Baby howler monkey is rescued after her mother is electrocuted
A baby howler monkey orphaned when her mother was electrocuted is in the care of Nosara’s Refuge for Wildlife in Costa Rica and gradually recovering from her traumatic experience.
IAR has recently joined forces with Refuge for Wildlife to help raise awareness and funds for their vital work rescuing, rehabilitating and releasing howler monkeys in Costa Rica.
The two to three week old baby was the sole survivor when three monkeys were killed on an uninsulated electrical transformer in Playa Guiones, Costa Rica.
A team from the Refuge had been called out early one morning after a local resident spotted what she thought was a dead monkey on a transformer. In fact, the monkey was still alive although fatally injured. A second monkey was lying dead on the ground below.
While the rescue team tended to the injured monkey, a female monkey with her baby clinging to her had rushed across the wires to help her relative and had also been electrocuted. The baby slipped off her mother’s back, was caught by the rescue team and thankfully wasn’t badly hurt. Using special tools - a fibre-glass pole with a hook attached, rubber boots and gloves - the team managed to get the mother down and immediately reunited the pair.
Tragically, the mother died from her injuries shortly after she was reunited with her baby. The orphaned infant, whom the rescuers named Ashley, was taken to the Refuge for treatment and care.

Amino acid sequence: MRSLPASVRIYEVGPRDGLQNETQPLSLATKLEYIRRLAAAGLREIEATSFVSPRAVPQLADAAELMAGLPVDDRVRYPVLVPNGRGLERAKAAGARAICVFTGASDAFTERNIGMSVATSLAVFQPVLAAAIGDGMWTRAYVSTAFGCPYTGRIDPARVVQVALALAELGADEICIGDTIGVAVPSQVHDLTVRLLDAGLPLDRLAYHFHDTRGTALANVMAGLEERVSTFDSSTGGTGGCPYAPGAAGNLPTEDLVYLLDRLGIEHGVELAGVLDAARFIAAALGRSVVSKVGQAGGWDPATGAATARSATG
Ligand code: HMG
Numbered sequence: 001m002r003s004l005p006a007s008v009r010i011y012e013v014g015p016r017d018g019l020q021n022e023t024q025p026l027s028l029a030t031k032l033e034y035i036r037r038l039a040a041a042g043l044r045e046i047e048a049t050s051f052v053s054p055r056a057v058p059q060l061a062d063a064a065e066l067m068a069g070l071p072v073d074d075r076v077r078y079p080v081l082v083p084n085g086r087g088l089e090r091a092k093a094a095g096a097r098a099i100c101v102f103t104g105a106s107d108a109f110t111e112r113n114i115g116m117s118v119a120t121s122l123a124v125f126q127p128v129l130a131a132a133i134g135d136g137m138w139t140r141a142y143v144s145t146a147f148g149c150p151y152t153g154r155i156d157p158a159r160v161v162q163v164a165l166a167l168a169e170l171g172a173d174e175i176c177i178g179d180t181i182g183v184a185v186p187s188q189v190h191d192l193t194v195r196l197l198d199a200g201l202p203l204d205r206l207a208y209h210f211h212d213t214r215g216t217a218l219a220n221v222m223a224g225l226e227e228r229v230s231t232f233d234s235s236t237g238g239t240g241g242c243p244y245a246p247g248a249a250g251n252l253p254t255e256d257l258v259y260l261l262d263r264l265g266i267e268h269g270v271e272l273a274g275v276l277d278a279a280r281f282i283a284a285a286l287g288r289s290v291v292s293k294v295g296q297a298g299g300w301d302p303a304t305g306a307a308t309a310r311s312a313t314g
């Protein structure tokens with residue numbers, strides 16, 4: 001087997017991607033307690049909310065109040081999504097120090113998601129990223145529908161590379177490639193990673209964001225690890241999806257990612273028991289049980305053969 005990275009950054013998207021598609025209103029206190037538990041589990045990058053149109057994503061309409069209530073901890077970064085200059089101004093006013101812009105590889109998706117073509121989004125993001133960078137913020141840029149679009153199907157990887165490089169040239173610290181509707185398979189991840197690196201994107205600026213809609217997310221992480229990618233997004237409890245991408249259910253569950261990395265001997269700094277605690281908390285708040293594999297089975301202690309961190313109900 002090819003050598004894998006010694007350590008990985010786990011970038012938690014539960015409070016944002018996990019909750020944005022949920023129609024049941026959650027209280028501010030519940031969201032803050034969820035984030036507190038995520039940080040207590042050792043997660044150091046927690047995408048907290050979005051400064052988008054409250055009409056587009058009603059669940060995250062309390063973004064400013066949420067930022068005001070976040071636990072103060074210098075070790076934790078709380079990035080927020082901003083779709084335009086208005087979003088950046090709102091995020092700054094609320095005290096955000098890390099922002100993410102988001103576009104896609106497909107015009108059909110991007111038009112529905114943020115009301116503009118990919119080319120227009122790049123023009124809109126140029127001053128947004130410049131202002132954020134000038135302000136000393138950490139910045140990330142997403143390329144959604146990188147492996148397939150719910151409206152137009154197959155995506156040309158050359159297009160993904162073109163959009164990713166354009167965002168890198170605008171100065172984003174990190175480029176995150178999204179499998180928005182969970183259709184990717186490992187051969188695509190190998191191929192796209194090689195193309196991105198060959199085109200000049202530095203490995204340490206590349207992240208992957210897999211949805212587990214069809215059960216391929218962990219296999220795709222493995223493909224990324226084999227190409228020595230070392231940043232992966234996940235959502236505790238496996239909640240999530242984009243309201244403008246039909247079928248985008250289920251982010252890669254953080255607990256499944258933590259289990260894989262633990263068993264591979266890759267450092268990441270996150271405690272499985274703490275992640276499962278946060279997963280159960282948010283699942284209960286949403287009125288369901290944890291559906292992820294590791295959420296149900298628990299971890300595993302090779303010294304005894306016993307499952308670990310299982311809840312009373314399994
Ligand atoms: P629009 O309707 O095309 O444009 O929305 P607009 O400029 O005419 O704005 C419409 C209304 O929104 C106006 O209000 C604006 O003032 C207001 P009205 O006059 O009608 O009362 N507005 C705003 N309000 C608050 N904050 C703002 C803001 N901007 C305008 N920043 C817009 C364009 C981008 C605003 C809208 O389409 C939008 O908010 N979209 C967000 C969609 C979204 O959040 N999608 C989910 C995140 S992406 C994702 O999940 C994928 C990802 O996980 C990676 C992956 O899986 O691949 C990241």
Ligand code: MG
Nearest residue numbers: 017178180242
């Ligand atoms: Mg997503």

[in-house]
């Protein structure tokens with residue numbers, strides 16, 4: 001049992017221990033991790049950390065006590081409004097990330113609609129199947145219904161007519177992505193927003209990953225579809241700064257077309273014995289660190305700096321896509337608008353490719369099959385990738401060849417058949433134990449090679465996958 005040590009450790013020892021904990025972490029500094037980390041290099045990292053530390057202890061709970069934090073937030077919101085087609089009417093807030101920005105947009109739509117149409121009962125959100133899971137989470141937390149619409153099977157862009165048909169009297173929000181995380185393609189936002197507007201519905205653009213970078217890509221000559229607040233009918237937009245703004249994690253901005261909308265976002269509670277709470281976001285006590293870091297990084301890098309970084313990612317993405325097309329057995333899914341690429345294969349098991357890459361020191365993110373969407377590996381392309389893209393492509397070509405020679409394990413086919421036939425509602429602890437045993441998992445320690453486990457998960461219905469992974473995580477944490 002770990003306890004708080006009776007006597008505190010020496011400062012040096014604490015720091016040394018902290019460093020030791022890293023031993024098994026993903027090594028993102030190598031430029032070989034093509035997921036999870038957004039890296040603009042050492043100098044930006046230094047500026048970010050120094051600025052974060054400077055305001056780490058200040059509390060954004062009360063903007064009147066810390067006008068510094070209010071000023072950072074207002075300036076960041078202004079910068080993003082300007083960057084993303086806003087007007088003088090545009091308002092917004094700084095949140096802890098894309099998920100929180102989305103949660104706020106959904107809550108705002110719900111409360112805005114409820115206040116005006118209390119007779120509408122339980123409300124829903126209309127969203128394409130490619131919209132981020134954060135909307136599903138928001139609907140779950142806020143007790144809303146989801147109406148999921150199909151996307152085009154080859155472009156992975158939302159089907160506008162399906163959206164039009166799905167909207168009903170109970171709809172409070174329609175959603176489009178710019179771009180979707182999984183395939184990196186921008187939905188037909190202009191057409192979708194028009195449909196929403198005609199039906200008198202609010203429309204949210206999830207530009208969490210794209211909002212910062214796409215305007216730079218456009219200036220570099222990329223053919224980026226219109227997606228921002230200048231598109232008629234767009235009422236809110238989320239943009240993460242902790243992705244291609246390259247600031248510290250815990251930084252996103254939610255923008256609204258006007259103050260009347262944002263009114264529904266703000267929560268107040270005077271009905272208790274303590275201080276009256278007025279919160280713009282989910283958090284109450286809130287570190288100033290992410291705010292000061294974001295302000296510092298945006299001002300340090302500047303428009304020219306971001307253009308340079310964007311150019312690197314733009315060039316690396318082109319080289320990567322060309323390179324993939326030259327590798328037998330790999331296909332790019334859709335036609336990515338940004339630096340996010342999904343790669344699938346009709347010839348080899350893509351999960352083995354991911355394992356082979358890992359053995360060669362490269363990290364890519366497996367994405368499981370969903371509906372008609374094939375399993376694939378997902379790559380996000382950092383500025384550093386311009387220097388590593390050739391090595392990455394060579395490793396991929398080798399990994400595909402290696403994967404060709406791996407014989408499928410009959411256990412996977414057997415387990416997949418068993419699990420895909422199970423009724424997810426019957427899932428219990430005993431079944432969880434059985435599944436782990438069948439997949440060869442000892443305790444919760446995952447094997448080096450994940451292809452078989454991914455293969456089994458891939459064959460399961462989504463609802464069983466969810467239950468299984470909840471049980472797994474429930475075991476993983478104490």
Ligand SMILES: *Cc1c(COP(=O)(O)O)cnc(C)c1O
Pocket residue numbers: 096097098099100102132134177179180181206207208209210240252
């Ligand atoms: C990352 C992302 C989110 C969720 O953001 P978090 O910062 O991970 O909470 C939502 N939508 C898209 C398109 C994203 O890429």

Fortunately the little monkey had only suffered minor burns but was naturally traumatised by the terrible experience. Her carers at the Refuge say she loves to snuggle up with a teddy bear and a hot water bottle which provide the softness and warmth she is missing from her mother. Following a period of quarantine and clinic supervision, she has now been introduced to other babies of roughly the same age and is starting to play and explore with them which is a very encouraging sign.
Alan Knight OBE, Chief Executive of International Animal Rescue, said: “Poor little Ashley has had a terrible start to her young life. Losing her mother in such a horrible way when she was just a few weeks old must have been deeply traumatising. It is all credit to the team at Refuge for Wildlife that she is doing so well and is even starting to play and interact with some of the other orphans.
“Uninsulated electrical wires and transformers can prove deadly to monkeys who sadly don’t know the difference between the wires and natural vines and will often travel across wires to get to feeding grounds. This is a particularly serious issue in areas of deforestation where monkeys have no choice but to use the wires once the trees are gone.”
Orphaned howler monkeys need 24 hour care and attention and are fed soy-based infant formula every 2-3 hours, day and night, by the dedicated staff and volunteers. Ashley’s new group of friends will stay together to form a new family. They will remain at the Refuge until they are about 16-24 months old when they will begin a release programme to prepare them for their return to the jungle.
On the day of the incident, the rescue team phoned ICE, the local electrical company, and they came out the following day to install the necessary wildlife protection equipment on the transformer to prevent further deaths. As well as rescuing and rehabilitating injured or orphaned howler monkeys, Refuge for Wildlife’s Stop the Shocks Committee is dedicated to raising funds to purchase and install wildlife protection equipment on uninsulated wires and transformers in Costa Rica.